4 Moves That Will Bring the Miami Heat a Title
Trade deadline: imminent. Speculation: inevitable.
It's that time of year, like Christmas for rumor-mongers, when seemingly every team is clamoring to make one more move—and every fan and journalist's imagination is running wild with the possibilities.
For the most part, it's natural to assume that teams are actively looking to get that edge that puts them over the top. Sometimes, however, a team is over as it is, which does nothing to prevent speculation as to what kind of chess move they might pull off at any moment, however superfluous. The Miami Heat are one of those teams.
I've been tasked with naming some trade scenarios that would ensure the Heat win a championship this year. Here are four, from the best and most advisable to the most remote...I make no guarantees as to their current existence in the rumor mill.
1. No Move at All
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Coming in at numero uno, we have the status quo.
The Heat are built for no less than a championship, and this has been the case since the Three Banditos signed on the dotted line. Let's not forget that the idea was, and still is, to be an overwhelming force.
Remember the look on their faces during the introduction party? That's the look of three guys getting ready to stomp on some bugs. All they were missing was the maniacal laugh.
This roster is already designed to convincingly and unceremoniously bury the opposition on a nightly basis, and at the moment, they are looking every bit the part. This team has been the favorite to win it all for going on two years now, and they are in no need whatsoever of a change now.
This entire discussion about filling holes at center and deepening the bench is mostly done out of habit; it's second nature for fans and journalists alike to observe flaws and comment on how to fix them. The built-in logic of roster holes—i.e., that they are capable of lessening a team's ability to win—isn't made for oddities like Miami, where talent overload cures all ills.
You don't need to do open-heart surgery on a paper cut, and likewise, the Heat don't need to make any roster changes to eliminate their already microscopic odds of not winning the next few finals.
2. Shore Up the Pivot
Look, he already has the "I'm too cool" face down...
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OK, fine, suppose it's just not easy enough for the Heat as it is. Suppose they still want to shore up the roster before they take their inevitable—some might say depressingly so—championship run this spring. Where would they start?
The pivot, of course, always the pivot. There's any number of cheap-enough, half-servicable bigs out there who are in no way untouchable come Thursday. Perhaps Miami could package a couple of expiring contracts in exchange for one of them.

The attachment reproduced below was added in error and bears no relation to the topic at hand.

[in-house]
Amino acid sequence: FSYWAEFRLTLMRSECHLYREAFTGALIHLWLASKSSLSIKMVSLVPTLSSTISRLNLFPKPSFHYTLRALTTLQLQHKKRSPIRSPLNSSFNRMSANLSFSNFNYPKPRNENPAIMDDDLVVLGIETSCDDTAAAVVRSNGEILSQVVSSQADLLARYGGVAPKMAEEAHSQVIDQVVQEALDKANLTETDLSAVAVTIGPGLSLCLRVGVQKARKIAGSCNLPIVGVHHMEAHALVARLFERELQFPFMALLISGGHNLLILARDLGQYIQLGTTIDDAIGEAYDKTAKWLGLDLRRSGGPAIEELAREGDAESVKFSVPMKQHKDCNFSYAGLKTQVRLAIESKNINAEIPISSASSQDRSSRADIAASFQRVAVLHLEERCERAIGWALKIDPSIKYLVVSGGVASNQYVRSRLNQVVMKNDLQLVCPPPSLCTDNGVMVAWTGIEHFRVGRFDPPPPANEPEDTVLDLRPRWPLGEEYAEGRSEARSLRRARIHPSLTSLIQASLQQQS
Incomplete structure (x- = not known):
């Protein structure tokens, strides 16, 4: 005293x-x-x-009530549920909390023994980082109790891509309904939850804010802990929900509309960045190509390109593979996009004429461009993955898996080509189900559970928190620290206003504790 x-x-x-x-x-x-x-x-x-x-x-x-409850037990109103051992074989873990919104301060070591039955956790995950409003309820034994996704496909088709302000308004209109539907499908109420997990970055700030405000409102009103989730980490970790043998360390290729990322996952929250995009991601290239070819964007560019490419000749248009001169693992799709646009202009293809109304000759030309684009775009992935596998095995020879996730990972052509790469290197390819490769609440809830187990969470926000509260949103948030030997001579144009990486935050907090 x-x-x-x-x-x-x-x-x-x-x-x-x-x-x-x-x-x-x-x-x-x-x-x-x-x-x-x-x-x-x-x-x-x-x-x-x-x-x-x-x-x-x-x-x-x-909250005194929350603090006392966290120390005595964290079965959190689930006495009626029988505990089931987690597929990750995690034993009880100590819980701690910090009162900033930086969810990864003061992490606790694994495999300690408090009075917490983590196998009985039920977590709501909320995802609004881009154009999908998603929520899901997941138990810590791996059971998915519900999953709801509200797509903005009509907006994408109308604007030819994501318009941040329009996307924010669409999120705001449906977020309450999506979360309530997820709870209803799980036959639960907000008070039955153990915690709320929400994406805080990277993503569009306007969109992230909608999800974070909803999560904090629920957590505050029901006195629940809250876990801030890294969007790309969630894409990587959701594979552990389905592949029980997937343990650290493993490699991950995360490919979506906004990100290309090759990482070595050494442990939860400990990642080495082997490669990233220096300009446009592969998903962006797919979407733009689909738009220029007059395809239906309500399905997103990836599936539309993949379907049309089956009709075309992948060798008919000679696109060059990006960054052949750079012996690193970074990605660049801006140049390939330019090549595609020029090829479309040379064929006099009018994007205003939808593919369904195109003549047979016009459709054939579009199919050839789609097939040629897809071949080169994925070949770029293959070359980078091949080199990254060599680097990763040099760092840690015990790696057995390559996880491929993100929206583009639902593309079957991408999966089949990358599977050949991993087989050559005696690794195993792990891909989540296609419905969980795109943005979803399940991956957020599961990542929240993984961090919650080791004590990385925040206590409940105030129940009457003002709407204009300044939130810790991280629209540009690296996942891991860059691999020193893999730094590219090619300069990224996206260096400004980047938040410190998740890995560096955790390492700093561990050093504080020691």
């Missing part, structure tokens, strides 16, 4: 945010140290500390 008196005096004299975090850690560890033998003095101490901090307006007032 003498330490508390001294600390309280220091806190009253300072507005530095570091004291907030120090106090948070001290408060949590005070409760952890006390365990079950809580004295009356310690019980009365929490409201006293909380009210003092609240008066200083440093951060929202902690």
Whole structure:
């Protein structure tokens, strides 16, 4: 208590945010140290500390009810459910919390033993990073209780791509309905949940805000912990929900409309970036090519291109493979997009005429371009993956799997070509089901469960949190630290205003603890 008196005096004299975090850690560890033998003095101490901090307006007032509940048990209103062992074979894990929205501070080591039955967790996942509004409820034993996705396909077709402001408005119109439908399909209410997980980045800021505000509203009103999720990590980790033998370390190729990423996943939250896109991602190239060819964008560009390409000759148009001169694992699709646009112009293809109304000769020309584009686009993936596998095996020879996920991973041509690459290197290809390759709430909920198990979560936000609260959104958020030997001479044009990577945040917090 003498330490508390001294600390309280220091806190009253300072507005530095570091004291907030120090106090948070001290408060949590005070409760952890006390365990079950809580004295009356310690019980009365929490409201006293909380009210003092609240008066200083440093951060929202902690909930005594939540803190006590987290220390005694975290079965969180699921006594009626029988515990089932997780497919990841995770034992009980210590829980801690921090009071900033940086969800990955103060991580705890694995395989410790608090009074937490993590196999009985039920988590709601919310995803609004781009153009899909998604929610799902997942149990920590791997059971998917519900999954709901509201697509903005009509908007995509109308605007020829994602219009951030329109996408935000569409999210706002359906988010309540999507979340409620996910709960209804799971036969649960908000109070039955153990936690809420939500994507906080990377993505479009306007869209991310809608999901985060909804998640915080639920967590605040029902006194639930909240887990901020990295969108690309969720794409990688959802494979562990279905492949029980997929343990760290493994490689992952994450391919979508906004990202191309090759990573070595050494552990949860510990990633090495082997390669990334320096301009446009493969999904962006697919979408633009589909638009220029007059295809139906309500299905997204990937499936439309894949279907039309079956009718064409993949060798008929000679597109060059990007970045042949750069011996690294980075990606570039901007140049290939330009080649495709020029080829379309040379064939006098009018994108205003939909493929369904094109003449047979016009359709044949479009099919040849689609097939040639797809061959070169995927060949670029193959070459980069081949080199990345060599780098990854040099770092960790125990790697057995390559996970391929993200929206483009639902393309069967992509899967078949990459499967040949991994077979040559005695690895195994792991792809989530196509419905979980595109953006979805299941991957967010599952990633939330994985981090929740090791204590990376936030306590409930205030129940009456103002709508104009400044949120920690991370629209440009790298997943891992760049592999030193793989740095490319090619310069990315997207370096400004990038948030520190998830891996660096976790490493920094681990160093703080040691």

Send Juwan Howard, Dexter Pittman and other expiring deals and a boatload of draft picks to the Rockets for Jordan Hill. If they're going to pull the trigger, they might as well make it useful. Plus, Pittman has some upside as a scoring wide-body, so Houston could use him down the road.
I know everybody is thinking Chris Kaman, but I dare anyone to find a trade package the Heat could put together that wouldn't get vetoed by the NBA.
3. Give Up on Mike Miller
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As of this writing, Mike Miller's doubters are still largely correct. Aside from having perfectly OK percentages from the floor, he has shot relatively little and done pretty much nothing else. Perhaps this relegation to three-point specialist is starting to catch up to him, to the point he's losing the ability to play around the basket.
Miller has three combined free throw attempts. Total. This season. I could have sworn I've seen Miller get to the basket before, but apparently he doesn't visit often anymore. This team system isn't at all built to bring the best out of him, and enough scouts must know this to keep his trade value decent.
So who do they get back? A real three-point specialist. Where's Anthony Morrow when you need him? How about Martell Webster? Doesn't really matter. The point is to unload Miller's stagnating and soon-to-be decreasing skill set for a change while they can still get something worthwhile.
And since his current impact on the team is somewhat minimal, he should come off as easily as a two-day-old Band-Aid.
4. Get Some LeBron Insurance
And now for the final imaginable reason not to stand pat this trade deadline...
Insurance in case the unthinkable happens...if LeBron James has another 11th-hour seizure in the finals. In this writer's humble opinion, that's the kind of "miracle on hardwood" that just doesn't happen twice—let alone consecutively—so this one is pure fancy.
One answer to this ridiculous contingency—and I know I'm going to catch hell in the comment section for this—could be re-acquiring Michael Beasley somehow from Minnesota. Call him a headcase all you want, the guy can light it up. And speaking of headcases on title contenders...Dennis Rodman and Metta World Peace spring to mind instantly; they did rather well, didn't they?
If LeBron goes into "pass or die" mode and leaves the scoring to any and everybody else, it would help if D-Wade wasn't the only high-level scorer left on the wing—and no, despite his convincing impression, Chris Bosh is not a wing player.
So...say James Jones, Juwan Howard (and as much icing as is required) for Beasley and whoever else the Wolves care to unload. Now the Heat have four, count 'em, four upper-crust scorers—two of which are All-Galaxy—plus Battier, Haslem and the shooting squad. That way LeBron can take the entire second half off if he wants.
Because that's fair...kind of like mounting a bazooka on the side of a tank...in a fist fight.